MENU
component-ddb-728x90-v1-01-desktop

NBC 10 I-Team: Lawmaker raises alarm about RI’s 911 system

A Rhode Island lawmaker is raising the alarm about a problem the NBC 10 I-Team has been investigating for months: a staffing shortage inside the state’s E-911 Center in Scituate, where every 911 call in the state is initially answered.

A Rhode Island lawmaker is raising the alarm about a problem the NBC 10 I-Team has been investigating for months: a staffing shortage inside the state’s E-911 Center in Scituate, where every 911 call in the state is initially answered.

Rep. Bob Lancia, a Republican who represents Cranston, said the staffing problems have reached a critical level, forcing telecommunicators to put thousands of 911 calls on hold. He visited the E-911 center in January at the request of employees, who told him they are at the end of their rope.

“They are overworked. They are stressed out. Worst of all, if there was an actual emergency, they are not manned enough to handle it,” Lancia said.

Lancia visited during the evening shift, when there are as few as four telecommunicators working, despite a minimum staffing level of eight in previous years. Employees told him they’re down by at least 10 employees.

"They are seriously understaffed. It's not just at night, which is when I visited, but also during the day,” Lancia said.

NBC 10 has been tracking 911 call stats for more than two years. Numbers the NBC 10 I-Team reviewed from Rhode Island State Police, who oversees the state’s E-911 system, show 20,833 calls were put on hold during 2017, with some callers waiting up to two minutes 47 seconds for someone to come back on the line.

“It is outrageous. It should take 10 seconds or less. You have consistent figures where it's been over that 10 second time,” Lancia said. “We don't know many calls have been dropped. We don't know how many people never got through and hung up."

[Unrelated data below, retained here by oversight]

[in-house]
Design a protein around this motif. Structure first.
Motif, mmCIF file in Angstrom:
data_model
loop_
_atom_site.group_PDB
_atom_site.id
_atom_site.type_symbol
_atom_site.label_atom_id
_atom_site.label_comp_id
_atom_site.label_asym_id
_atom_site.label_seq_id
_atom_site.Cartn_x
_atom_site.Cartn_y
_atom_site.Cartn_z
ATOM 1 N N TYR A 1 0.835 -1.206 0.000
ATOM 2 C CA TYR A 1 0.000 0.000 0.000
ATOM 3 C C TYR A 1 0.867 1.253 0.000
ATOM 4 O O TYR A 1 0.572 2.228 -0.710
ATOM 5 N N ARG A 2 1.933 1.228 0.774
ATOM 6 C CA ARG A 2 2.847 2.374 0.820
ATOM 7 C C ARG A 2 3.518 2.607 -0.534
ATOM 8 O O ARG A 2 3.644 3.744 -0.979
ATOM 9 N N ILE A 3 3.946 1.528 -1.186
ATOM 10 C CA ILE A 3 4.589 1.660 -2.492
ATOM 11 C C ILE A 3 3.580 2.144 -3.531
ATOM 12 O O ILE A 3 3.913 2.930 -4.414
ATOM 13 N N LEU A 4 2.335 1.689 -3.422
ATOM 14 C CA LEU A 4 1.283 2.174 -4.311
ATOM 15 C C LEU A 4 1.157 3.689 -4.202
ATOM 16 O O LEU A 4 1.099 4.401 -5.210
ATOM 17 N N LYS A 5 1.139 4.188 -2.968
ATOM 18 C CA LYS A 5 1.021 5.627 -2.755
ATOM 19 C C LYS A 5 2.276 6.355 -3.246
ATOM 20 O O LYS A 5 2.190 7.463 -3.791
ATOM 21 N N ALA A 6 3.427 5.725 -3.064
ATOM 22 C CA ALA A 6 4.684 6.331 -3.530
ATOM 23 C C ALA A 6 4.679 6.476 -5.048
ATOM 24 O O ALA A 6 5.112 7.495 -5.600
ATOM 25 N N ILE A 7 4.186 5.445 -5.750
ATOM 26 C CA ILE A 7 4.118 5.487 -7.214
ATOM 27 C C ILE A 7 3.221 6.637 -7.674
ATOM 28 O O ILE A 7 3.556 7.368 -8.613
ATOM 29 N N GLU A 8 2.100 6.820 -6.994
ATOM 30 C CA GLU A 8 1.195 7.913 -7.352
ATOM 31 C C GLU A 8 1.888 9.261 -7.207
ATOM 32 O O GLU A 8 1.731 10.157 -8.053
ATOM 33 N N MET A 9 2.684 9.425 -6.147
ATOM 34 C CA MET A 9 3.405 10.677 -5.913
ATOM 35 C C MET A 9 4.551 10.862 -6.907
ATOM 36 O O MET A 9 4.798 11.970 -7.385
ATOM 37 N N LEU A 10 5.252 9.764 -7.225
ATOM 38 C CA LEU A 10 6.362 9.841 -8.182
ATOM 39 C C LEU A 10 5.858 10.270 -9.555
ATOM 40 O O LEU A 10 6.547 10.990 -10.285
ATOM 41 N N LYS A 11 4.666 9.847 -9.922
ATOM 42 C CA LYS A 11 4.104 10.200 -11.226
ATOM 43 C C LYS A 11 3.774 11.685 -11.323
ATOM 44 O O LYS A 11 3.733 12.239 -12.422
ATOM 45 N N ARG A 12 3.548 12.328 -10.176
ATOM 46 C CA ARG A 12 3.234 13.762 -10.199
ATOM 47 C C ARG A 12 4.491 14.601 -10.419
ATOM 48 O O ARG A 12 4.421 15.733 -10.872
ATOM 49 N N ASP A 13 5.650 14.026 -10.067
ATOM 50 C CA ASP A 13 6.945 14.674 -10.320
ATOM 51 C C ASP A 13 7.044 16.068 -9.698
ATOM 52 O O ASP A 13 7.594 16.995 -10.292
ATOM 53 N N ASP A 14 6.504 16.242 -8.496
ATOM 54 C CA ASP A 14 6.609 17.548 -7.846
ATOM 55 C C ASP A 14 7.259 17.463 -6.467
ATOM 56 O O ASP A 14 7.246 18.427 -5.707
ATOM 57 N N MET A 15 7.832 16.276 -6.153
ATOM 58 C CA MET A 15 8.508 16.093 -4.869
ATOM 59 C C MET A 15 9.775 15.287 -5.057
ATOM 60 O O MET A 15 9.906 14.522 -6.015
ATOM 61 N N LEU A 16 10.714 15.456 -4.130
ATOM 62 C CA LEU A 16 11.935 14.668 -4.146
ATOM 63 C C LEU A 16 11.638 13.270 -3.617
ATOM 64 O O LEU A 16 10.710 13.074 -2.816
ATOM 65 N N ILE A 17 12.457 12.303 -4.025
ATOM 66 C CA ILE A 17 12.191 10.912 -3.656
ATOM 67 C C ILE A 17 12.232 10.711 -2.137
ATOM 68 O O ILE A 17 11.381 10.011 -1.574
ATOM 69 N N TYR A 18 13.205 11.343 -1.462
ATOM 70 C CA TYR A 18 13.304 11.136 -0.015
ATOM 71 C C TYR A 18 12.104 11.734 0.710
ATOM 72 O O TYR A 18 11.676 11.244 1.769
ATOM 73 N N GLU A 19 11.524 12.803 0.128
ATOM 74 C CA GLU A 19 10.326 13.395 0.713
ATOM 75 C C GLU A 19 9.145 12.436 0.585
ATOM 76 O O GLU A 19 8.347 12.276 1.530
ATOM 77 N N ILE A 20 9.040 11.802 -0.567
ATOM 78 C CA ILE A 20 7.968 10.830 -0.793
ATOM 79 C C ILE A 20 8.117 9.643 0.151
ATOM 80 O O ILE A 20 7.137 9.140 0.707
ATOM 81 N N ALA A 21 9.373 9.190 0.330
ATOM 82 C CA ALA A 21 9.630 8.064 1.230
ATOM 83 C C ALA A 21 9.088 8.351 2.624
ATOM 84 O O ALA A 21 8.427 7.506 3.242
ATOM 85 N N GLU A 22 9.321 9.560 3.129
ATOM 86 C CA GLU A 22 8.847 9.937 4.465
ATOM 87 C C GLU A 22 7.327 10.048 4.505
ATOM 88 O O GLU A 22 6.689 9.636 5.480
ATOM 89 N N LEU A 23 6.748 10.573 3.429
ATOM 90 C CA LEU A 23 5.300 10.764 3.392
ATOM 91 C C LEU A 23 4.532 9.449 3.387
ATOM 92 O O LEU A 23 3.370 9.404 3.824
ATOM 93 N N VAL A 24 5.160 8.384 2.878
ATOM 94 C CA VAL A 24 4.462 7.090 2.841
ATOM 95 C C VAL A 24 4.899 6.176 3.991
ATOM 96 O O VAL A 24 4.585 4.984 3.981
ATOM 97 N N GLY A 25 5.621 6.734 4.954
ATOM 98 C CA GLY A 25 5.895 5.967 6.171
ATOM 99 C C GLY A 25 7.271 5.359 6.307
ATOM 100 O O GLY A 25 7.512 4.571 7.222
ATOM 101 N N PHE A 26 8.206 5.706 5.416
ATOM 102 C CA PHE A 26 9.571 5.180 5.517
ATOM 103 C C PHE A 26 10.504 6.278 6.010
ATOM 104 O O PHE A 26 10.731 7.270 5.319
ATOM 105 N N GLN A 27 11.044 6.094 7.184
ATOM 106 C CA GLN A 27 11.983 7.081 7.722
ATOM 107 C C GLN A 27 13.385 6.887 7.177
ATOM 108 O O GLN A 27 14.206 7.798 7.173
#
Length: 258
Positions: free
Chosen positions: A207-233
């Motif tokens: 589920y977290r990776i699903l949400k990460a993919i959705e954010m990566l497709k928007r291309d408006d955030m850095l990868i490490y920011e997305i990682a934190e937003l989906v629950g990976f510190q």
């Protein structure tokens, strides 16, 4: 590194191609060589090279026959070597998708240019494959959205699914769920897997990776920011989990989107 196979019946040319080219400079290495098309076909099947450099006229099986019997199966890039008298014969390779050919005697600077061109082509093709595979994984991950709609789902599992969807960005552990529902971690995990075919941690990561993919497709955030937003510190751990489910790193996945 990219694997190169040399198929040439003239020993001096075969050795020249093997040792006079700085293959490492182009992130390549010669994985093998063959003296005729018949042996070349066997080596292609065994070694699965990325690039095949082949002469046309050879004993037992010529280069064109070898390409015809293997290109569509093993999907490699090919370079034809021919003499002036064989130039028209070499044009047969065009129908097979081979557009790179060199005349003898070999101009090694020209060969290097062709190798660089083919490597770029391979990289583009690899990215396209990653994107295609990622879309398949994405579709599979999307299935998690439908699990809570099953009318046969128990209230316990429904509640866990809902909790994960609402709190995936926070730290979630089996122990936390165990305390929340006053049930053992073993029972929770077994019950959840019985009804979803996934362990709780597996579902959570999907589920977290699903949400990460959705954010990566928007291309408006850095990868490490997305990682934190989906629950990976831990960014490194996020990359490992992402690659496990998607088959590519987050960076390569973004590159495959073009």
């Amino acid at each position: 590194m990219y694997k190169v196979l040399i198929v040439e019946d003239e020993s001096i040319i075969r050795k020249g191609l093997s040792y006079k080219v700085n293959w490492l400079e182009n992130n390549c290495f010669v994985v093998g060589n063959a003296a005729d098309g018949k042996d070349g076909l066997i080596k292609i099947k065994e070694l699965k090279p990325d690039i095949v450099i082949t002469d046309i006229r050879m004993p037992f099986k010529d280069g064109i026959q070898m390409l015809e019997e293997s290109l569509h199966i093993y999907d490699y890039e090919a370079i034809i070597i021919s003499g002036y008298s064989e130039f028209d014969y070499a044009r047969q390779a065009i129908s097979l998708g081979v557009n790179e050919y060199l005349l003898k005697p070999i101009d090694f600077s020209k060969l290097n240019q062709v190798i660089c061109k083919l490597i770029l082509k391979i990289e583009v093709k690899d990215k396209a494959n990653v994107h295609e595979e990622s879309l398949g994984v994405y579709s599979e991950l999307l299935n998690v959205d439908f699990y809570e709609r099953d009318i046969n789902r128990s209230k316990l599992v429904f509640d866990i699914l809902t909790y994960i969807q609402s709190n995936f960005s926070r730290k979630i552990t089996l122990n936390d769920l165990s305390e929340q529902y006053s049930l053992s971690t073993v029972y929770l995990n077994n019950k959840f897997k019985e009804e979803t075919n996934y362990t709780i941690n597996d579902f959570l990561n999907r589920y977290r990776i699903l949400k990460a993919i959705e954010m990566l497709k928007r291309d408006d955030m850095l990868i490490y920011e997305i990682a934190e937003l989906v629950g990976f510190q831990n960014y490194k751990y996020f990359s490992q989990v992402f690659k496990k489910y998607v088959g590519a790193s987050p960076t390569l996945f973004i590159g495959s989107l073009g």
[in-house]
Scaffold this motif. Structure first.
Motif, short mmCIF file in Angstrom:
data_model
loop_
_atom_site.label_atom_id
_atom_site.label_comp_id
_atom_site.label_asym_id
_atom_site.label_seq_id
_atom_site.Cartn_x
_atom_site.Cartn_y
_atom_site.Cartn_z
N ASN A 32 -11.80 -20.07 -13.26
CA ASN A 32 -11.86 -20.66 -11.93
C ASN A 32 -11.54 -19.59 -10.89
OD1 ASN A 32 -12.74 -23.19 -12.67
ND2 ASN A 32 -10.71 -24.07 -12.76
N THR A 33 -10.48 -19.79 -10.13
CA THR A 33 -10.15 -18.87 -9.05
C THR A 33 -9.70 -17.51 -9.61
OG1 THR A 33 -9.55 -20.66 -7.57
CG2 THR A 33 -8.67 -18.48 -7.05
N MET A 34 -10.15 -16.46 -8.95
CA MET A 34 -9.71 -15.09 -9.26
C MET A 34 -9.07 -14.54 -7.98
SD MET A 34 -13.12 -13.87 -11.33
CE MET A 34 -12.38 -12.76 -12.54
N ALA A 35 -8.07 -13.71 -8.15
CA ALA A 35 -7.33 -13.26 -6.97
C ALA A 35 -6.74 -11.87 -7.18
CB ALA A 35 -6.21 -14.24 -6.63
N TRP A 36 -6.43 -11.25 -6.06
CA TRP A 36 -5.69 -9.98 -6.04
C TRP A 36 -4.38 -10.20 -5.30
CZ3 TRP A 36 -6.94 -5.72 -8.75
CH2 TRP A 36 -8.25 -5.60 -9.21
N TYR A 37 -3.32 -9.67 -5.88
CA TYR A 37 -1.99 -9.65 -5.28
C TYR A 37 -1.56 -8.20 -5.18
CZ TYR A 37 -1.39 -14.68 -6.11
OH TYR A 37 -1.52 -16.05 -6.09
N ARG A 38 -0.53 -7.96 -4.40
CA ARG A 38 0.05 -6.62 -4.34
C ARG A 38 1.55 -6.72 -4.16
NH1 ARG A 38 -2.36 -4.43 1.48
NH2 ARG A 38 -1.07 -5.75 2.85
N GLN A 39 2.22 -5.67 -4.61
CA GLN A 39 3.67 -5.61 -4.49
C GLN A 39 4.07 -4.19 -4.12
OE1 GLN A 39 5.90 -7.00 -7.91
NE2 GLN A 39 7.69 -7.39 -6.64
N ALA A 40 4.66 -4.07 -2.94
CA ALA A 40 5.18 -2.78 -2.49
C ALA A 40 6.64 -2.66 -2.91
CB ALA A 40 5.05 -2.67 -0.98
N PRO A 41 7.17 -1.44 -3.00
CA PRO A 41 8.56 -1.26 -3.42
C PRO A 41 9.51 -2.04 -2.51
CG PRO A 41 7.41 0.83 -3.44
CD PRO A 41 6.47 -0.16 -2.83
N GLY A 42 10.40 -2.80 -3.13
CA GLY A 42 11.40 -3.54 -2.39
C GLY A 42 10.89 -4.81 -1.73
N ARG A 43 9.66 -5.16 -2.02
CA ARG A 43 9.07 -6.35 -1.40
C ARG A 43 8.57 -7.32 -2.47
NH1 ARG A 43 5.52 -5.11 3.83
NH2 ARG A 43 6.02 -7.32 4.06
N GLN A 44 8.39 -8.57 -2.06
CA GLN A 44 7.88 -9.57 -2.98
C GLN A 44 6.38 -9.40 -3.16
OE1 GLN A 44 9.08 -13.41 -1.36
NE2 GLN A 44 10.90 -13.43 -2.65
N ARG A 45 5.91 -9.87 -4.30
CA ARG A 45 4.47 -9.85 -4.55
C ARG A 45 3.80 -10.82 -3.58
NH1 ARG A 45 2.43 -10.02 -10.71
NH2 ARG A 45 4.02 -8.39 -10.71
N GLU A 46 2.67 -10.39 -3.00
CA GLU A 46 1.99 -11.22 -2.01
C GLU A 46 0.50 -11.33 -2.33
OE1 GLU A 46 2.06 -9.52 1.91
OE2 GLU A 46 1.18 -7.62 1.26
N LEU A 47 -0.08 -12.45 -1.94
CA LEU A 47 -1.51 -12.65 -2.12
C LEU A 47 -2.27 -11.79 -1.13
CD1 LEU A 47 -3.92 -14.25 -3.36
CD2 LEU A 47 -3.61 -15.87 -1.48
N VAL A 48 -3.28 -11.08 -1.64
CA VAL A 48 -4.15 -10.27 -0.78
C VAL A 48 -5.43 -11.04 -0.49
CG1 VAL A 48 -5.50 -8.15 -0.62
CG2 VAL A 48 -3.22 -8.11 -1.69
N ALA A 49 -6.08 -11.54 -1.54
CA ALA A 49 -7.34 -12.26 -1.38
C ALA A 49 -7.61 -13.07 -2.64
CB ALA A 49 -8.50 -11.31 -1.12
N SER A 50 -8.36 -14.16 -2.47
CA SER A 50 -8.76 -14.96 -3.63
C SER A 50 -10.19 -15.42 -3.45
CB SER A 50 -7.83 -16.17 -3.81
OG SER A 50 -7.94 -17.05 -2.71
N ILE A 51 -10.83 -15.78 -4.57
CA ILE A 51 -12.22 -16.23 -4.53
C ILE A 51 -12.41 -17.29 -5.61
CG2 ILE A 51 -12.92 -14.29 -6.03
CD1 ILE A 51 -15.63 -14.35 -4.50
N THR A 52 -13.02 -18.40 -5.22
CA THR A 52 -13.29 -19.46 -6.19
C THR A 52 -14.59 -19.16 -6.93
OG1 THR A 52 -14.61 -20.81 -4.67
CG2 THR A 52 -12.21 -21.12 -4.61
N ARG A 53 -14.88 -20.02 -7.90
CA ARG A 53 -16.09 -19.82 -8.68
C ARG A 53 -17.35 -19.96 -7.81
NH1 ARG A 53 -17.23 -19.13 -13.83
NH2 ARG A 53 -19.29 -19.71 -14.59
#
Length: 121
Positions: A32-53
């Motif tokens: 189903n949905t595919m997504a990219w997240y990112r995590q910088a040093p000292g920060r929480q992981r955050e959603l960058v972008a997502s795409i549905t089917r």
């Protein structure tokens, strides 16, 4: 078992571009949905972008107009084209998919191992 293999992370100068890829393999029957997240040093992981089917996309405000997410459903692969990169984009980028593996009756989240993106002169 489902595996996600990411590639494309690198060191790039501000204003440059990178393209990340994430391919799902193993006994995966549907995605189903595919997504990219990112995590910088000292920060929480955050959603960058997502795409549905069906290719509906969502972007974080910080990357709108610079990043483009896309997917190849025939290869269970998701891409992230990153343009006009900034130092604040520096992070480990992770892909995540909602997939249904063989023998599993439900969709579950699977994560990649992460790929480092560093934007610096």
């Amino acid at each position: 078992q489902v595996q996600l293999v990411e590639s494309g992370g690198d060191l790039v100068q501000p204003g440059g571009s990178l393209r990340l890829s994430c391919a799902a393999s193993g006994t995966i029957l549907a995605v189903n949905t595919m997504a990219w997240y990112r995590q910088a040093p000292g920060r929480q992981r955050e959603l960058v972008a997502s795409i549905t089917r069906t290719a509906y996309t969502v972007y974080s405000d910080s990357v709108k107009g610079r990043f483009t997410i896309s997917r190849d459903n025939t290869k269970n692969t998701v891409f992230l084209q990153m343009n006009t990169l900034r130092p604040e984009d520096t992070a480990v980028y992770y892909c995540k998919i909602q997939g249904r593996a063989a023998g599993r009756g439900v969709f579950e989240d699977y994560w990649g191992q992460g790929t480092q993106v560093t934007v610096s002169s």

The standard from the National Emergency Number Association, or NENA, is to answer 90 percent of calls within 10 seconds, and 95 percent of all calls within 20 seconds. State Police said a computer system being used by E-911 since mid-2017 can’t track that specific statistic.

Rhode Island collects more than $15 million in 911 fees from cell phones and landline bills each year. But only about $5 million of those fees make it to the E-911 center -- the approximately $10 million remaining is diverted to the state’s general fund.

"I think every Rhode Islander would be outraged to know that the money that they're paying each month, that's being taken and put on their bill, is being used for other purposes,” Lancia said.

The Cranston state representative previously introduced legislation to return the excess 911 fees to taxpayers. But in light of what he saw at the E-911 center, Lancia said he’s introduced an updated bill, calling for the 911 money to be restricted to public safety, and a new bill aimed at solving the staffing shortage.

“This has got to stop,” he said.

The NBC 10 I-Team will have a full investigation into the problem Thursday starting at 5, including the story of a local woman placed on hold after her car was totaled in the crash. With a renewed federal push to stop states from diverting 911 money, the NBC 10 I-Team is asking state leaders if they plan to make changes.

close video ad
Unmutetoggle ad audio on off

Trending